MarketsFarm — Spring wheat bids in Western Canada were mixed during the week ended Thursday, as choppy activity in U.S. futures spilled into the cash market.
The futures traded within a wide range during the week, with the Minneapolis March spring wheat contract hitting its highest level in three weeks at one point before falling back to the lower end of its nearby trading range.
Average Canada Western Red Spring (13.5 per cent protein) wheat prices were down 50 cents to up $2 per tonne, according to price quotes from a cross-section of delivery points compiled by PDQ (Price and Data Quotes). Average prices ranged from about $231 per tonne in southeastern Saskatchewan to as high as $250.50 per tonne in northern Alberta.
Quoted basis levels varied from location to location and ranged from $31 to $51 per tonne above the futures when using the grain company methodology of quoting the basis as the difference between U.S. dollar-denominated futures and Canadian dollar cash bids.
When accounting for currency exchange rates by adjusting everything into Canadian dollars, CWRS basis levels ranged from $5.50 to $17 below the futures.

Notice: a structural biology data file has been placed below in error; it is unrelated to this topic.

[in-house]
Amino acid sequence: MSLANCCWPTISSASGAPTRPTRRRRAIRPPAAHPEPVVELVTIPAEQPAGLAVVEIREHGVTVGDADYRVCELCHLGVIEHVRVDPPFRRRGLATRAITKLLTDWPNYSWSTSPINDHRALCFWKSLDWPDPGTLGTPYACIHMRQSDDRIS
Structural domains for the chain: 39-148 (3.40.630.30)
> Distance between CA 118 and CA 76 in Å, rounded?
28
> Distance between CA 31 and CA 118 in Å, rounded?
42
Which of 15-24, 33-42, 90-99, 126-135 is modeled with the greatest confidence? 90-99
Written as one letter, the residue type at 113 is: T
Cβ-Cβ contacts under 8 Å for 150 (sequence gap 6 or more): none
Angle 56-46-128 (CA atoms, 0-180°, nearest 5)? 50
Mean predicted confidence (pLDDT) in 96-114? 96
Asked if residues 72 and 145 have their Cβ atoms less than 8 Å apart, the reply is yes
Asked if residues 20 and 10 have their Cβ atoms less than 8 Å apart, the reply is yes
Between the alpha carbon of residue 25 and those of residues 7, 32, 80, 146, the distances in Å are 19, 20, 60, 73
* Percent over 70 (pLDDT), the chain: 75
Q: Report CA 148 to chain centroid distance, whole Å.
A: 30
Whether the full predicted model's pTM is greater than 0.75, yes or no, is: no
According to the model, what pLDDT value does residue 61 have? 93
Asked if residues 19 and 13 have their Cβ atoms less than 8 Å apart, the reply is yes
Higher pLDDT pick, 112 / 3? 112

Bids for CPSR (Canada Prairie Spring Red) wheat were steady to lower on the week, losing as much as $2 per tonne in some areas. Prices ranged from $214 to $232.50 per tonne.
Average durum prices were up by $4.50-$8.50 per tonne, with bids ranging anywhere from $296 to $305 per tonne.
The March spring wheat contract in Minneapolis, off of which most CWRS contracts in Canada are based, was quoted Wednesday at US$5.615 per bushel, down 6.5 U.S. cents from the previous week. U.S. futures markets were closed Thursday for the U.S. Thanksgiving holiday.
Kansas City hard red winter wheat futures, traded in Chicago, are more closely linked to CPSR in Canada. The March K.C. wheat contract was quoted Wednesday at US$5.505 per bushel, down 6.5 U.S. cents compared to the previous week.
The March Chicago Board of Trade soft wheat contract settled at US$5.965 per bushel on Wednesday, down 2.25 U.S. cents on the week.
— Phil Franz-Warkentin reports for MarketsFarm from Winnipeg.